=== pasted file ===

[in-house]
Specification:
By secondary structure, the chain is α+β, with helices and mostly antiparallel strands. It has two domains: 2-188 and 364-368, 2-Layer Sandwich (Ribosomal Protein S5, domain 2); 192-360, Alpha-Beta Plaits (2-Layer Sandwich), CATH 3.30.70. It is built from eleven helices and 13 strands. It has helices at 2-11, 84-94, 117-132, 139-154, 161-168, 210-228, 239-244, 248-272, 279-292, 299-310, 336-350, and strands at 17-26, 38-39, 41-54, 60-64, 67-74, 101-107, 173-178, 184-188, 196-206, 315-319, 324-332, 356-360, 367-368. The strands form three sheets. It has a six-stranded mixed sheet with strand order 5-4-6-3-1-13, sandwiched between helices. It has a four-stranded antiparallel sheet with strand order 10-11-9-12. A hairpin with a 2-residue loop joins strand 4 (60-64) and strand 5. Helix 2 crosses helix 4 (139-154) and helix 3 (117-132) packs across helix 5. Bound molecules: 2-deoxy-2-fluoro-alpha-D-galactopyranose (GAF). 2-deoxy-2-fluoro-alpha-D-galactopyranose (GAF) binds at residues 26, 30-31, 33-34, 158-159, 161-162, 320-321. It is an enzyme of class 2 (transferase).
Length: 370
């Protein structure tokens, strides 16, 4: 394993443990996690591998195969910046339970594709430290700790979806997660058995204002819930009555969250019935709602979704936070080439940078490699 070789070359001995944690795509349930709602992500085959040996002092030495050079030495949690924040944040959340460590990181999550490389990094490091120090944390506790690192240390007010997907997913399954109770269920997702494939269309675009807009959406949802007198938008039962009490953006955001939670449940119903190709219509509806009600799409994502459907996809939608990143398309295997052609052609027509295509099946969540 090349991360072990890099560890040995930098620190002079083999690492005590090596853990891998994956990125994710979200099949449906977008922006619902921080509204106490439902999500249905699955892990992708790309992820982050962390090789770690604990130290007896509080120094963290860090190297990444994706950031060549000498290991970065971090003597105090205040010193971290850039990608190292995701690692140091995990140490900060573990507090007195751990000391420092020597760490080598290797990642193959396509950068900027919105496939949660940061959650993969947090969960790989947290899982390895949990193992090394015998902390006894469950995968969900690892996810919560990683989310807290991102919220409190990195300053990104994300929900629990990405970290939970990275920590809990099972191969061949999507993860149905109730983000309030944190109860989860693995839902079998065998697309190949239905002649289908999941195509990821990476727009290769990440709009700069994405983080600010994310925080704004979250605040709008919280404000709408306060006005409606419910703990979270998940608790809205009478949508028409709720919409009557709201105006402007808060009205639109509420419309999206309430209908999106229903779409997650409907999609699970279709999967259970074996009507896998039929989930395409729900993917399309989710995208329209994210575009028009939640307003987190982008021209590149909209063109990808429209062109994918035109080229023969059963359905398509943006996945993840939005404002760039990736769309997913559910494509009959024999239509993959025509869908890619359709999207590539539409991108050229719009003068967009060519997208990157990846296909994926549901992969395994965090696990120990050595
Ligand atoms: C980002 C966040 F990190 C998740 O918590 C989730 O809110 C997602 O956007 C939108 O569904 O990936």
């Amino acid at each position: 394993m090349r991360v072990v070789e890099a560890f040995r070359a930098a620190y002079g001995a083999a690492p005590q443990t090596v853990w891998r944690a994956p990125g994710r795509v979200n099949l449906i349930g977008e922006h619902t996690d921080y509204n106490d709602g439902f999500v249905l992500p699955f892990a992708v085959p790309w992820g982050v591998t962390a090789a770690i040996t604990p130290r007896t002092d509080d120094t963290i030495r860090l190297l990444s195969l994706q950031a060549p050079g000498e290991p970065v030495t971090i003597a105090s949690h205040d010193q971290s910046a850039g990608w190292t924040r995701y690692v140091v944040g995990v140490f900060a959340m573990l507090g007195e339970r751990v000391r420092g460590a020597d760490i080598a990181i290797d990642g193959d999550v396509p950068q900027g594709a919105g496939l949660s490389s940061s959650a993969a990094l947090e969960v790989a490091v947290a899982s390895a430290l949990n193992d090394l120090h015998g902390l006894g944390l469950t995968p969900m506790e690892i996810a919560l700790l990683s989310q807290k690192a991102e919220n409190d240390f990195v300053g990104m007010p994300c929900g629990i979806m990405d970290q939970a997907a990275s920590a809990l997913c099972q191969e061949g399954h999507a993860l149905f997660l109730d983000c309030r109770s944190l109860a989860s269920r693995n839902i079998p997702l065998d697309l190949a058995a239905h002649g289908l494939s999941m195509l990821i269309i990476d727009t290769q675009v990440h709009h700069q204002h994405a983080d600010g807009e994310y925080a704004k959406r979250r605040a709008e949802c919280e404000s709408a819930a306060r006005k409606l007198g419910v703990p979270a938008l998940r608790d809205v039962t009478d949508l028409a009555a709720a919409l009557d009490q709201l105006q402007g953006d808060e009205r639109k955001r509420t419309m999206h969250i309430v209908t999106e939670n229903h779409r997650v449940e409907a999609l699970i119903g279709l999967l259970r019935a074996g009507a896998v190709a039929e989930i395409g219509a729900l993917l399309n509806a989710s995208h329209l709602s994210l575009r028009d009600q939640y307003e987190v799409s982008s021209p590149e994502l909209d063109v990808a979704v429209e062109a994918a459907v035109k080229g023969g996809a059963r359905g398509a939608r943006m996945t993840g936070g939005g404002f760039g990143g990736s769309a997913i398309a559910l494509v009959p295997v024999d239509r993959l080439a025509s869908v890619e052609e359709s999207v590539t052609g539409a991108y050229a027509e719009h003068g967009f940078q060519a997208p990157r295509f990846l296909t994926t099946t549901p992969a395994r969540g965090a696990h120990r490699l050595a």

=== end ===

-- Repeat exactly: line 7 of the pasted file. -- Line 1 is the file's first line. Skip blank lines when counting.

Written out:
């Amino acid at each position: 394993m090349r991360v072990v070789e890099a560890f040995r070359a930098a620190y002079g001995a083999a690492p005590q443990t090596v853990w891998r944690a994956p990125g994710r795509v979200n099949l449906i349930g977008e922006h619902t996690d921080y509204n106490d709602g439902f999500v249905l992500p699955f892990a992708v085959p790309w992820g982050v591998t962390a090789a770690i040996t604990p130290r007896t002092d509080d120094t963290i030495r860090l190297l990444s195969l994706q950031a060549p050079g000498e290991p970065v030495t971090i003597a105090s949690h205040d010193q971290s910046a850039g990608w190292t924040r995701y690692v140091v944040g995990v140490f900060a959340m573990l507090g007195e339970r751990v000391r420092g460590a020597d760490i080598a990181i290797d990642g193959d999550v396509p950068q900027g594709a919105g496939l949660s490389s940061s959650a993969a990094l947090e969960v790989a490091v947290a899982s390895a430290l949990n193992d090394l120090h015998g902390l006894g944390l469950t995968p969900m506790e690892i996810a919560l700790l990683s989310q807290k690192a991102e919220n409190d240390f990195v300053g990104m007010p994300c929900g629990i979806m990405d970290q939970a997907a990275s920590a809990l997913c099972q191969e061949g399954h999507a993860l149905f997660l109730d983000c309030r109770s944190l109860a989860s269920r693995n839902i079998p997702l065998d697309l190949a058995a239905h002649g289908l494939s999941m195509l990821i269309i990476d727009t290769q675009v990440h709009h700069q204002h994405a983080d600010g807009e994310y925080a704004k959406r979250r605040a709008e949802c919280e404000s709408a819930a306060r006005k409606l007198g419910v703990p979270a938008l998940r608790d809205v039962t009478d949508l028409a009555a709720a919409l009557d009490q709201l105006q402007g953006d808060e009205r639109k955001r509420t419309m999206h969250i309430v209908t999106e939670n229903h779409r997650v449940e409907a999609l699970i119903g279709l999967l259970r019935a074996g009507a896998v190709a039929e989930i395409g219509a729900l993917l399309n509806a989710s995208h329209l709602s994210l575009r028009d009600q939640y307003e987190v799409s982008s021209p590149e994502l909209d063109v990808a979704v429209e062109a994918a459907v035109k080229g023969g996809a059963r359905g398509a939608r943006m996945t993840g936070g939005g404002f760039g990143g990736s769309a997913i398309a559910l494509v009959p295997v024999d239509r993959l080439a025509s869908v890619e052609e359709s999207v590539t052609g539409a991108y050229a027509e719009h003068g967009f940078q060519a997208p990157r295509f990846l296909t994926t099946t549901p992969a395994r969540g965090a696990h120990r490699l050595a």